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Balancing Power without Weapons
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Book description

Why do states block some foreign direct investment on national security grounds even when it originates from within their own security community? Government intervention into foreign takeovers of domestic companies is on the rise, and many observers find it surprising that states engage in such behaviour not only against their strategic and military competitors, but also against their closest allies. Ashley Lenihan argues that such puzzling behaviour can be explained by recognizing that states use intervention into cross-border mergers and acquisitions as a tool of statecraft to internally balance the economic and military power of other states through non-military means. This book tests this theory using quantitative and qualitative analysis of transactions in the United States, Russia, China, and fifteen European Union states. It deepens our understanding of why states intervene in foreign takeovers, the relationship between interdependence and conflict, the limits of globalization, and how states are balancing power in new ways. This title is also available as Open Access.

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Full book PDF
  • Balancing Power without Weapons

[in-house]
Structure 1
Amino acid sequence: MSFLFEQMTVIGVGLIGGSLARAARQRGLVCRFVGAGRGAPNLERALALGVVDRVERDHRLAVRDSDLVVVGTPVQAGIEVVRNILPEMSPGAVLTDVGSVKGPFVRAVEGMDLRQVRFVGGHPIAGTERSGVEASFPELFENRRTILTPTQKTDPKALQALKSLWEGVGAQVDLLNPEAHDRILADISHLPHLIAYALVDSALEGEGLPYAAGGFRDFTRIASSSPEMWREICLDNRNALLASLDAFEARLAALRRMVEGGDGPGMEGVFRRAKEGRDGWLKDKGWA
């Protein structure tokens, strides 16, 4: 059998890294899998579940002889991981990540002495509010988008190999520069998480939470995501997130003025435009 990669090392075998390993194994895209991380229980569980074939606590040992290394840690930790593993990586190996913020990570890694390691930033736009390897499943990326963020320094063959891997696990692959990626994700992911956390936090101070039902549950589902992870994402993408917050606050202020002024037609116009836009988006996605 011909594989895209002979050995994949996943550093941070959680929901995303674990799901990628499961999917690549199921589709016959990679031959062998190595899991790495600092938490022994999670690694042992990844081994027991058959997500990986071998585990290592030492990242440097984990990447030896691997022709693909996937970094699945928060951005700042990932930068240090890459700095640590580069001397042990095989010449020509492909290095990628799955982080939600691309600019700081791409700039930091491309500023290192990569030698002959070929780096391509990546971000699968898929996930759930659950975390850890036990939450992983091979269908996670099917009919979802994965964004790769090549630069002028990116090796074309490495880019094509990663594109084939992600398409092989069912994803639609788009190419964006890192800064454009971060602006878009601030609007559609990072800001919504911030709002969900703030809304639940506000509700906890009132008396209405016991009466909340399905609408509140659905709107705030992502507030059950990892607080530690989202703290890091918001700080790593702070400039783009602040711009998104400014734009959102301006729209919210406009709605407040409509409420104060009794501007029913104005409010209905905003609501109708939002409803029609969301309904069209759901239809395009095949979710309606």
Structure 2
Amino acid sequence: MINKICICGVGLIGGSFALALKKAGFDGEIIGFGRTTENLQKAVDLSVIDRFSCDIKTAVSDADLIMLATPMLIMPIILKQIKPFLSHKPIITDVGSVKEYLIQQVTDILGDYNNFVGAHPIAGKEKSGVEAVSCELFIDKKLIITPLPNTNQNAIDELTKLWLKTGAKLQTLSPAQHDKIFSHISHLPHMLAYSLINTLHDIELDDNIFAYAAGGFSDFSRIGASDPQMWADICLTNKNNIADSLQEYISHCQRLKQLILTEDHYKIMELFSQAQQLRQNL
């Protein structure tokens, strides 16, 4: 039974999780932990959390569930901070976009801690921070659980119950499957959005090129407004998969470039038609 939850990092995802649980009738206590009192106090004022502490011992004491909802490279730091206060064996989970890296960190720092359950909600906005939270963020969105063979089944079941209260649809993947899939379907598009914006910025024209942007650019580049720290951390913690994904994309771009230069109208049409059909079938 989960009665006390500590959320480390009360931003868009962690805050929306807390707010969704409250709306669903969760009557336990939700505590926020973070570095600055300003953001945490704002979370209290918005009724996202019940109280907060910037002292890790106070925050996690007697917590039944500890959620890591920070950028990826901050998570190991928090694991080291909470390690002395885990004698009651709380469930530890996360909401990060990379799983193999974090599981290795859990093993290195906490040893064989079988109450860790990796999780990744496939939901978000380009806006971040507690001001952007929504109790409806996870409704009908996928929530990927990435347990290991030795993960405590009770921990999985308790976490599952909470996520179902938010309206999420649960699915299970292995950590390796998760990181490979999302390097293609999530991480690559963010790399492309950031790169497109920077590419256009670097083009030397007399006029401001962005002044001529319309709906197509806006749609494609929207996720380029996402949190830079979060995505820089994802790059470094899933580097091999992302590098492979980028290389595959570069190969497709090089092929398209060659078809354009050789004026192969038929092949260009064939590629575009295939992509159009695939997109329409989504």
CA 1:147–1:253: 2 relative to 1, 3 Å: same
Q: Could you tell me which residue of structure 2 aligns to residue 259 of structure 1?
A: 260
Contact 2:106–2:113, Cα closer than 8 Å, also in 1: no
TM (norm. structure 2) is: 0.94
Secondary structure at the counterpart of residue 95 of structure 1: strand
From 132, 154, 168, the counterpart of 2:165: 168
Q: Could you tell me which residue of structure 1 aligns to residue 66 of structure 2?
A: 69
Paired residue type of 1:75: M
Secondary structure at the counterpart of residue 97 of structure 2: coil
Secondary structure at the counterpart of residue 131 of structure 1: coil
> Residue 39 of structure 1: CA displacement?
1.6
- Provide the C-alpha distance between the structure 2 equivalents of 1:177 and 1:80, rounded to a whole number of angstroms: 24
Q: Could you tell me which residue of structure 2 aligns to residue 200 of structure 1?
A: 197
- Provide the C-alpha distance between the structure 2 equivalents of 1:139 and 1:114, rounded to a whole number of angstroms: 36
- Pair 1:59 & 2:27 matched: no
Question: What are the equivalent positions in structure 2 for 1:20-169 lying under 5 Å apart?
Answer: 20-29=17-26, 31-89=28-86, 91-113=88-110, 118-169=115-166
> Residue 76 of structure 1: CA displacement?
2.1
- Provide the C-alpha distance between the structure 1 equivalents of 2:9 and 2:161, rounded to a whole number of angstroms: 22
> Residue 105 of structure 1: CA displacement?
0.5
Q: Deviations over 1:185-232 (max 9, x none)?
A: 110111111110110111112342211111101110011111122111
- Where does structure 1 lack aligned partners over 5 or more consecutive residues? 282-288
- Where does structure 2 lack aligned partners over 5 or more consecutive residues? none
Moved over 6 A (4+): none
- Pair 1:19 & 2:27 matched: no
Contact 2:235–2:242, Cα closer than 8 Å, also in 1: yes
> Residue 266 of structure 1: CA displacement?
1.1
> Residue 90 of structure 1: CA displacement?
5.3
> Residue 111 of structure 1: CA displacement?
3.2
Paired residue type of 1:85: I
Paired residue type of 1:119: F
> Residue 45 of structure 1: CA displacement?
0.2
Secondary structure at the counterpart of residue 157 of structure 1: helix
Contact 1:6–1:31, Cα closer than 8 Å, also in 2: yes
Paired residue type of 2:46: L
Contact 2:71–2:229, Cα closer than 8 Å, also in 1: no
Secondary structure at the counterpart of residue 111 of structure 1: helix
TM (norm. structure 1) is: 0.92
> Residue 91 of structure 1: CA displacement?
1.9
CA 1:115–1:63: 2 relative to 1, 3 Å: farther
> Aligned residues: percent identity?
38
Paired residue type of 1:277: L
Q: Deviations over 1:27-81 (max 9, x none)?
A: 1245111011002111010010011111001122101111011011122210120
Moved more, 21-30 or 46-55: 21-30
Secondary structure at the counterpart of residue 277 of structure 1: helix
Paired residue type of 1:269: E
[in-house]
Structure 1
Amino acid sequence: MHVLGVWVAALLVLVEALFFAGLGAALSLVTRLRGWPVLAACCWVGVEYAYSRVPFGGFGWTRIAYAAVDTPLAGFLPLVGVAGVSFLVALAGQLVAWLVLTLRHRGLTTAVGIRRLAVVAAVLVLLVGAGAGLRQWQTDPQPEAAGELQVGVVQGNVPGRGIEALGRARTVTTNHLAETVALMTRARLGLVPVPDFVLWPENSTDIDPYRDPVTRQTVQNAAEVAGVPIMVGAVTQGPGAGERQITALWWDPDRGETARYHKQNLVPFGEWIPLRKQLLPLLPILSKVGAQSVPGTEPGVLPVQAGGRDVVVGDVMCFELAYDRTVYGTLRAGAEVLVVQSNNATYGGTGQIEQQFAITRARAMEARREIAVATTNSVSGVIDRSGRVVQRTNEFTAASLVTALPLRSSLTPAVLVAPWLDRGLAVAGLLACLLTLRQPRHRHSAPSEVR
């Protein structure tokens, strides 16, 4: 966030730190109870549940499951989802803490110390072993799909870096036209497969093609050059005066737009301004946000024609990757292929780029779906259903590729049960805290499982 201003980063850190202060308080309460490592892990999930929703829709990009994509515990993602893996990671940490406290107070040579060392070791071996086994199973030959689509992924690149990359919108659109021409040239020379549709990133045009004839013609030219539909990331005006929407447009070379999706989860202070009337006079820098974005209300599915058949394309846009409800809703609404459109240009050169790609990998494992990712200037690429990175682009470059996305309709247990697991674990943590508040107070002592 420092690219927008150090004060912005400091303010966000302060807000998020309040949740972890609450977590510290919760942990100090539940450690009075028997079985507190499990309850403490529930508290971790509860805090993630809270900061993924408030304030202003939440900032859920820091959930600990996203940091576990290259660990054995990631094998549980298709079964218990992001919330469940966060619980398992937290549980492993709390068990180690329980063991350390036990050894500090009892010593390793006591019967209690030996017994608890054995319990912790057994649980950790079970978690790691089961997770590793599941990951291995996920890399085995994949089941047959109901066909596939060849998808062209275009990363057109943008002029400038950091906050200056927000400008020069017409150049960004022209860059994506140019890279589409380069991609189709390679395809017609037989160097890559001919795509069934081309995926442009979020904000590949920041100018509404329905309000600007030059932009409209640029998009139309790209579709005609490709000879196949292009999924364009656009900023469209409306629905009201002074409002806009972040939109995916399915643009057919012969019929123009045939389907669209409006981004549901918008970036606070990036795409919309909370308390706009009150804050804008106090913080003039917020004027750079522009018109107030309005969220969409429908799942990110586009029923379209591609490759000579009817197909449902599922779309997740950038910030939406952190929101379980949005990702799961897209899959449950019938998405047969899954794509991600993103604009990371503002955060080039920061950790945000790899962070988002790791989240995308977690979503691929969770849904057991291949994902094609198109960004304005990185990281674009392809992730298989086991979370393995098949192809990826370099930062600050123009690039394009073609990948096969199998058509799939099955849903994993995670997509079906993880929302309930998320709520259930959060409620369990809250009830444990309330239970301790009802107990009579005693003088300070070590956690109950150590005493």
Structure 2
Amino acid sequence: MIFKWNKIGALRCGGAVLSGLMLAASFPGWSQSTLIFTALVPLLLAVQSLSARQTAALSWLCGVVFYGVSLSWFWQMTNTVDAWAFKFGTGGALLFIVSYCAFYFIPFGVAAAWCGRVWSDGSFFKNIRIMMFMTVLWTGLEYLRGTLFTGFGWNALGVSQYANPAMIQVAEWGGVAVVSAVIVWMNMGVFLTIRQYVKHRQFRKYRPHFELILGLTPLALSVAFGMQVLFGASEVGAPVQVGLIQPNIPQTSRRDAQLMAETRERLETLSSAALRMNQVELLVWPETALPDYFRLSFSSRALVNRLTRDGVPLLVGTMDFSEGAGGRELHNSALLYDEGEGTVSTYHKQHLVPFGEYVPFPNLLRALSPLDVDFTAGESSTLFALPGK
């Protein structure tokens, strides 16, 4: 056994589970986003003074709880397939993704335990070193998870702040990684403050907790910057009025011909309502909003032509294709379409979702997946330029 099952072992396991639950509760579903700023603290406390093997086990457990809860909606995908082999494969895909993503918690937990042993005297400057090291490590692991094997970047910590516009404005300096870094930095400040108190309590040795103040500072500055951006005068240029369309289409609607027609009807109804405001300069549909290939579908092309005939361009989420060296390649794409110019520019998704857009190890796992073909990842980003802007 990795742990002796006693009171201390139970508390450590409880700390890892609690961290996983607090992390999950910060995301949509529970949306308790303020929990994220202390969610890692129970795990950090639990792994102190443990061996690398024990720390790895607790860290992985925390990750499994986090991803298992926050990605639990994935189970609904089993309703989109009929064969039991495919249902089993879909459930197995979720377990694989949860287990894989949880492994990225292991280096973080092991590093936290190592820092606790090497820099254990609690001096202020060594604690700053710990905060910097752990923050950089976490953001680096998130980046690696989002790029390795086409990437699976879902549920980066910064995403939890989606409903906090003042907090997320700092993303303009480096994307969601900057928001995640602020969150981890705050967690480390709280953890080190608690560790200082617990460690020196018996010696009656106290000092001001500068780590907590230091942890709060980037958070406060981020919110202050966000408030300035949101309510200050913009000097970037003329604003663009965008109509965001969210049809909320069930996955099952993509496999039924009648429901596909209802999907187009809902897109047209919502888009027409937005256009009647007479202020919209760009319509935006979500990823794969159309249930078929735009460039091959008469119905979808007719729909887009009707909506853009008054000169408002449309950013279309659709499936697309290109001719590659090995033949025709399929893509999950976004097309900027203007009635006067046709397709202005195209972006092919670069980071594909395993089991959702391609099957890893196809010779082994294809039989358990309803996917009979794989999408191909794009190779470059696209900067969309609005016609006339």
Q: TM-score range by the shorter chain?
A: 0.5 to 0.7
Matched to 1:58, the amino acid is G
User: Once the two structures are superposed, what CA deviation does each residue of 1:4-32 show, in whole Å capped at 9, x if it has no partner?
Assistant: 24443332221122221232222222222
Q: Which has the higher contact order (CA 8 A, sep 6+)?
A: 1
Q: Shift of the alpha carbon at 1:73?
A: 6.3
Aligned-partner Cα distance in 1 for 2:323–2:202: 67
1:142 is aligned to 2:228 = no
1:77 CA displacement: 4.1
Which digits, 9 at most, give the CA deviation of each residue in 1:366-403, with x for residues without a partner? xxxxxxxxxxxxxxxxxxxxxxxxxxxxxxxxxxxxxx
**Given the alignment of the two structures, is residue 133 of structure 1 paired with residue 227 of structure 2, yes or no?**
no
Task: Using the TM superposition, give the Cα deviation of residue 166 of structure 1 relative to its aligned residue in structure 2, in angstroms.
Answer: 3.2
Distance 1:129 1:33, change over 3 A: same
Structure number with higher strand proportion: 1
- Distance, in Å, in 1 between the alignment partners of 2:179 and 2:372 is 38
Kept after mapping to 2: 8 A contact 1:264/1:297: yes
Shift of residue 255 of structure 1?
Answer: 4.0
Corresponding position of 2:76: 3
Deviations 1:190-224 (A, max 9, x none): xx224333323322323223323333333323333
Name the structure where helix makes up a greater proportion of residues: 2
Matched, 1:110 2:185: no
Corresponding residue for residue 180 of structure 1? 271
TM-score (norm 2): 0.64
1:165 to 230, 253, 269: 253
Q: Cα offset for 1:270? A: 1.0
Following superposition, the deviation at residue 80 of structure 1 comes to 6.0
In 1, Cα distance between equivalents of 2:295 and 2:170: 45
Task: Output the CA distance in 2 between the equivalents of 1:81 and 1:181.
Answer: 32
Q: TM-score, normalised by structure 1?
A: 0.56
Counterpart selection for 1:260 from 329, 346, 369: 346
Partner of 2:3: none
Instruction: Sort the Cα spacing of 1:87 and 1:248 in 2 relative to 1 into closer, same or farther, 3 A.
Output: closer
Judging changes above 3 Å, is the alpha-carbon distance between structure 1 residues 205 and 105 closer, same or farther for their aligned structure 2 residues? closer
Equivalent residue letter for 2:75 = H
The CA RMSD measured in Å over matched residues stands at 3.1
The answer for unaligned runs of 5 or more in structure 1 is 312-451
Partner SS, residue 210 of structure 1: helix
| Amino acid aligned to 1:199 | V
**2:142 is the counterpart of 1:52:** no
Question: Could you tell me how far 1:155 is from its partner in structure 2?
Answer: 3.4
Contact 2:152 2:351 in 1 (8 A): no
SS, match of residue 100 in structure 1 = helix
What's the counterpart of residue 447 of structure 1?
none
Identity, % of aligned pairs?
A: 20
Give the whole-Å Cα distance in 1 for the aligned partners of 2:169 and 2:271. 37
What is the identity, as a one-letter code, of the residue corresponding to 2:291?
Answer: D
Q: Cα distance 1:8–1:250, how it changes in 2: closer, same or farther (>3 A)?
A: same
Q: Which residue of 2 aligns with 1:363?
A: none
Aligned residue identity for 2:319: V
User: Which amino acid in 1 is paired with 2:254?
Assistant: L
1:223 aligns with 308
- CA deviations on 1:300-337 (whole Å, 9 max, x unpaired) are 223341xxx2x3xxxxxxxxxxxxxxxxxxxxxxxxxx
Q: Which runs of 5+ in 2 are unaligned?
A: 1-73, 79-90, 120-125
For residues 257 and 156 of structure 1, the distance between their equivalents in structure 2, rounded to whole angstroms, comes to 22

pp i-ii
  • Copyright page
    pp iv-iv
  • Dedication
    pp v-vi
  • Contents
    pp vii-viii
  • Figures
    pp ix-x
  • Preface
    pp xi-xi
  • Acknowledgments
    pp xii-xii
  • Abbreviations
    pp xiii-xvi
  • Introduction
    pp 1-30
  • 1 - A Theory of Non-Military Internal Balancing
    pp 31-69
  • 2 - The Numbers
    pp 70-92
  • Assessing the Motivations Behind State Intervention into Foreign Takeovers
  • 3 - Unbounded Intervention
    pp 93-157
  • The State and the Blocked Deal
  • 4 - Unbounded or Overbalancing?
    pp 158-195
  • An Outlier Case
  • 5 - Bounded Intervention
    pp 196-252
  • Mitigating Threats to National Security
  • 6 - Non-Intervention and the “Internal” Intervention Alternative
    pp 253-280
  • Conclusion
    pp 281-298
  • Appendices
    pp 299-313
  • Appendix A: - Alternative Independent Variables Considered
    pp 299-302
  • Appendix B: - Descriptive Statistics of Variables in MNLMs I–IV
    pp 303-306
  • Appendix C: - MNLM III and Resource Dependency
    pp 307-308
  • Appendix D: - Descriptive Statistics of Dataset Variables: Frequencies
    pp 309-309
  • Appendix E: - Bivariate Correlations of Dataset Variables
    pp 310-310
  • Appendix F: - Negative Case Selection
    pp 311-313
  • References
    pp 314-350
  • Index
    pp 351-360


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